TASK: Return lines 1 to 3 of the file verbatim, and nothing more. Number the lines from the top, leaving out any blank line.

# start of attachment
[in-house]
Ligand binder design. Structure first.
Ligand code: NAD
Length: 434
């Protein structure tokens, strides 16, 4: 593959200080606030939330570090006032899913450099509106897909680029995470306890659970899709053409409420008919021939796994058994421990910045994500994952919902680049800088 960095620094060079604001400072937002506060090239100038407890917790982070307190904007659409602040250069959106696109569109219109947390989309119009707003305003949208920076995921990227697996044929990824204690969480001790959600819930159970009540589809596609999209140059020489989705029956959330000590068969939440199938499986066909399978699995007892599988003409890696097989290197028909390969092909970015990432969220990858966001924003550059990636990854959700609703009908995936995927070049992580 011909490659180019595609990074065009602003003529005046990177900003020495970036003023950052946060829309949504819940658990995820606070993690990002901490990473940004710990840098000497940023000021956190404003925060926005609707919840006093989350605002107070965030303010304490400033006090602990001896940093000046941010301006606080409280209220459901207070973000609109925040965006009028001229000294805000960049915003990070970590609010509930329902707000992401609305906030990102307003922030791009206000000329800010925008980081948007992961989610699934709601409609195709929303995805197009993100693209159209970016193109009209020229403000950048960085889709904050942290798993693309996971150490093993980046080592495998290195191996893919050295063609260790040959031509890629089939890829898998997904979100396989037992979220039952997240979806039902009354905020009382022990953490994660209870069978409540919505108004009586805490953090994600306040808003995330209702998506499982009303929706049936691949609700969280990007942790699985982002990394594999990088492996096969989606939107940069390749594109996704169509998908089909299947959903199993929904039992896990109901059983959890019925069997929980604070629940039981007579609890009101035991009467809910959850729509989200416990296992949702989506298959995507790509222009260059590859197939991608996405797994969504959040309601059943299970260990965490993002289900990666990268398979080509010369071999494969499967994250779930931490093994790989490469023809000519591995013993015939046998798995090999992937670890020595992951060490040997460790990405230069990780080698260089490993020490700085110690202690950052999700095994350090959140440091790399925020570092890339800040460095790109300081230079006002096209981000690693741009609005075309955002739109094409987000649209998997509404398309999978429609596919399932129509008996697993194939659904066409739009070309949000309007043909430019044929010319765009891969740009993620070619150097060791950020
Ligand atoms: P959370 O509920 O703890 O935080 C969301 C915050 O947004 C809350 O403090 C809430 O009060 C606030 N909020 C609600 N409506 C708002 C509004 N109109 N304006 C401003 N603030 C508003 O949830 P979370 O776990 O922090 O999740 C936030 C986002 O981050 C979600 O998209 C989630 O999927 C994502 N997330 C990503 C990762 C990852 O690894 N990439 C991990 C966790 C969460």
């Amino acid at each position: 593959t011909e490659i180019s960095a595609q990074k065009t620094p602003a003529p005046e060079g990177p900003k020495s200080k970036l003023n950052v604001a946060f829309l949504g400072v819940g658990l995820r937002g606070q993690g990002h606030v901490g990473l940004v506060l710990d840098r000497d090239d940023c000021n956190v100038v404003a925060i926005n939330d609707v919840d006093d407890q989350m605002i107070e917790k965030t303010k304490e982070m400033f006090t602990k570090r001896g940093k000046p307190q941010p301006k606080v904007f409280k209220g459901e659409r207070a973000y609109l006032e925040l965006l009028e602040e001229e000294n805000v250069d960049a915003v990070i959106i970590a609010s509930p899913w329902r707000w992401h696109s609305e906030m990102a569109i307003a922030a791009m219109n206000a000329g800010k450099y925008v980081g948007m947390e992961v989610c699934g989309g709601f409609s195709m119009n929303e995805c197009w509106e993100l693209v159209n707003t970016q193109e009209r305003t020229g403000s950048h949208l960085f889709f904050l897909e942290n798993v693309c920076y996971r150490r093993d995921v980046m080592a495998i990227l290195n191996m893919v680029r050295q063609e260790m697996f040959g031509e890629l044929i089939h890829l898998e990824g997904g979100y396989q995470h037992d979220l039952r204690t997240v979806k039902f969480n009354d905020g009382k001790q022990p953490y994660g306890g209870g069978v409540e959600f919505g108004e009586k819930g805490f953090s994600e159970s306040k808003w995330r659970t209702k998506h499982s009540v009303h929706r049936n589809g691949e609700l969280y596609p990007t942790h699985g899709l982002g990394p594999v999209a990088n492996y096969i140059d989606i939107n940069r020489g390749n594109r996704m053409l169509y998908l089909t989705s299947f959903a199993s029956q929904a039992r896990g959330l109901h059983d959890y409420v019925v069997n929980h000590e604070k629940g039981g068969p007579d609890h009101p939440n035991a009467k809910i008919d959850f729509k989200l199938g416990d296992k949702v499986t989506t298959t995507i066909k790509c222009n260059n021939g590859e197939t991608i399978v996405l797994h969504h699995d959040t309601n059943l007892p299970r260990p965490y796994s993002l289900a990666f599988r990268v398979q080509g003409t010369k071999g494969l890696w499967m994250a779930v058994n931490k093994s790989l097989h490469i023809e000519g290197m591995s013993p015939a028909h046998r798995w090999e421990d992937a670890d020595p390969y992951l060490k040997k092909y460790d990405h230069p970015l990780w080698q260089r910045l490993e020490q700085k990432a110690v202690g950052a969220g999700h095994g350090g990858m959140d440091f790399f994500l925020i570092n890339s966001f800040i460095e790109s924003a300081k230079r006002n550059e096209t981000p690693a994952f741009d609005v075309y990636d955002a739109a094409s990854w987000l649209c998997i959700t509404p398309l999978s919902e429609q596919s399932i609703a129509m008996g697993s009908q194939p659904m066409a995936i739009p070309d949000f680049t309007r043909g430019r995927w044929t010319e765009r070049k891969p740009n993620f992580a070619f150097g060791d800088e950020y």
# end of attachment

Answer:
[in-house]
Ligand binder design. Structure first.
Ligand code: NAD